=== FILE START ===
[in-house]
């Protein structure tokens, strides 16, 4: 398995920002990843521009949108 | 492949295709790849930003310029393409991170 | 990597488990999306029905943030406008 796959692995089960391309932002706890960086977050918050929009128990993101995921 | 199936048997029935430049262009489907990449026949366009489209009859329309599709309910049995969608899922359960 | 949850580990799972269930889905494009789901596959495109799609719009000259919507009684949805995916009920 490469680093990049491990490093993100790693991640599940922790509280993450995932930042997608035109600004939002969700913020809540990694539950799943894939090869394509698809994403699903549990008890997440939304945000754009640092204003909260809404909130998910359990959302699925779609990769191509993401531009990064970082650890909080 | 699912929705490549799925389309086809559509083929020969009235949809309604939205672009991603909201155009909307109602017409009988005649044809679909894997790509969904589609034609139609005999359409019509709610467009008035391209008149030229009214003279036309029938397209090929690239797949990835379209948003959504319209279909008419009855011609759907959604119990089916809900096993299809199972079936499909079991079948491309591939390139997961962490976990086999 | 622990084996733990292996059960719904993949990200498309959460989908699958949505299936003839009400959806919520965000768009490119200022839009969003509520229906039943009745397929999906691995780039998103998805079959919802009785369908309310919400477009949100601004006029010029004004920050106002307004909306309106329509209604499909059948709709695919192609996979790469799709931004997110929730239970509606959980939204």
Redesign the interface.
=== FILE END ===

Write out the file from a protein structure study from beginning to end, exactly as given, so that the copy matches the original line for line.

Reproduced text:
[in-house]
């Protein structure tokens, strides 16, 4: 398995920002990843521009949108 | 492949295709790849930003310029393409991170 | 990597488990999306029905943030406008 796959692995089960391309932002706890960086977050918050929009128990993101995921 | 199936048997029935430049262009489907990449026949366009489209009859329309599709309910049995969608899922359960 | 949850580990799972269930889905494009789901596959495109799609719009000259919507009684949805995916009920 490469680093990049491990490093993100790693991640599940922790509280993450995932930042997608035109600004939002969700913020809540990694539950799943894939090869394509698809994403699903549990008890997440939304945000754009640092204003909260809404909130998910359990959302699925779609990769191509993401531009990064970082650890909080 | 699912929705490549799925389309086809559509083929020969009235949809309604939205672009991603909201155009909307109602017409009988005649044809679909894997790509969904589609034609139609005999359409019509709610467009008035391209008149030229009214003279036309029938397209090929690239797949990835379209948003959504319209279909008419009855011609759907959604119990089916809900096993299809199972079936499909079991079948491309591939390139997961962490976990086999 | 622990084996733990292996059960719904993949990200498309959460989908699958949505299936003839009400959806919520965000768009490119200022839009969003509520229906039943009745397929999906691995780039998103998805079959919802009785369908309310919400477009949100601004006029010029004004920050106002307004909306309106329509209604499909059948709709695919192609996979790469799709931004997110929730239970509606959980939204």
Redesign the interface.